It is late in the twentieth century and I’m on my hands and knees for you. Down on the boards of this stationary freight train, it’s dark and your coat is our tent. Toulon: too long ago to clearly remember your hands or the feel of your mouth.
On a speeding train I took off my knickers and the open window grabbed them from my hands. We were glugging red wine from plastic flagons, going to Nice to beg on the beach.
Those sand-blasted beggars were feral, stole your knife as we slept under sheets of damp chipboard. You forced me to shop-lift a tin of sardines, if it wasn’t for you we would starve.
Busking in Brussels was futile, me screaming and you on the bongos, all you’d accept from your father, before he returned to New York. Plastic flowers bunched in my carrier bag, eyebrows unplucked, hair greasily grasping the wind.
Marseilles with a flimsy message propped at my feet, slumped against a wall trying to look hungry, my puppy fat making it difficult. You always watching from a distance, making sure I was safe.
Poverty was too much for me. You said I was too much for you.
At Bettina’s expecting a welcome, we weren’t wanted at all, but she fed us and took us to the nightclub where her boyfriend was a DJ. Our contest to see who could pull first, you seemed gleeful when I won hands down. All I did was stick my head out, under the lights at the bar.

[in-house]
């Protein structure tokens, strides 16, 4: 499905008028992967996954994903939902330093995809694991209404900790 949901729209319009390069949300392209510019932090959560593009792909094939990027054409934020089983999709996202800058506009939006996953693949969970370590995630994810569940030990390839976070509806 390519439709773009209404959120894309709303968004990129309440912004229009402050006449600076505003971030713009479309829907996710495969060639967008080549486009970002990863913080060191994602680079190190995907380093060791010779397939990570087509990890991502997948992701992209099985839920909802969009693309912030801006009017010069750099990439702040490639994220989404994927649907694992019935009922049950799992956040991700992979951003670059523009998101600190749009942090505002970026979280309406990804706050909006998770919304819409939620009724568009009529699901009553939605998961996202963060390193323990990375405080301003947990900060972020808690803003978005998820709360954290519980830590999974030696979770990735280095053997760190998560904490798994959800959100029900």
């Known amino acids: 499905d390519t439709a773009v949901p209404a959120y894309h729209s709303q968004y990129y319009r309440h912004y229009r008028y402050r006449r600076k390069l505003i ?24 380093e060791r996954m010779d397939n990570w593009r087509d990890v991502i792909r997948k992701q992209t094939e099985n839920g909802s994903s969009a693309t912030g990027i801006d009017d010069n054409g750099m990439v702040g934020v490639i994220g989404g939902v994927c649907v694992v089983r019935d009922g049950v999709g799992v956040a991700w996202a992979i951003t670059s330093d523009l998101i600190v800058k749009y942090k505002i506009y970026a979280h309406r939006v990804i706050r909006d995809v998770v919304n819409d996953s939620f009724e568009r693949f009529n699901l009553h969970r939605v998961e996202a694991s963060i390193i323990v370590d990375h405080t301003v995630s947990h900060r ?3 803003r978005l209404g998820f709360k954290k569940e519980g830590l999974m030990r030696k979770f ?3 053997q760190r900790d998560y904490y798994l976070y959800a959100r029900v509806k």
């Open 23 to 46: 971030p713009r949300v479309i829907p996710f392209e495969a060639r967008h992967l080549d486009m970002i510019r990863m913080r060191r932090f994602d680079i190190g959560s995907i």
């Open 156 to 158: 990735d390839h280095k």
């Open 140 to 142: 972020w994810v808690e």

He was a good-looking Belgian, singer in a band he said, and he wanted to buy me a dress. He came round the next day so I had a shower and he took us all out for coffee and chocolates, then dined and seduced me alone. You were angry I didn’t bring a doggy bag back, I was numb with cocaine.
Eating raw cabbage in Oxford watching lots of uppity yahs, we danced with exuberance at their party, heathens, wild for them all. You shagged some girl on the staircase, I nicked a tenner from her dressing-table drawer. It was then you knew I was yours.
I was relieved we lost her before Paris, even though the guards beat you up. I stood frozen, train jolting, as they took turns to punch you and called you ‘roast beef’, your teeth flashing broken and whiter against your open mouth slashed with red.
They threw us from their cells early morning, we walked silent streets swigging milk from the doorsteps and I loved you, your beauty coagulated in blood.
I drew you for three days in Calais, my pencil recording your fantastic face, I should have held onto those drawings, I’d have something left of you now.
You never answer my letters but you still come looking for me. You find me at night when I’m trying to sleep and tell me all about why you can’t stay.
Penny Jane Goring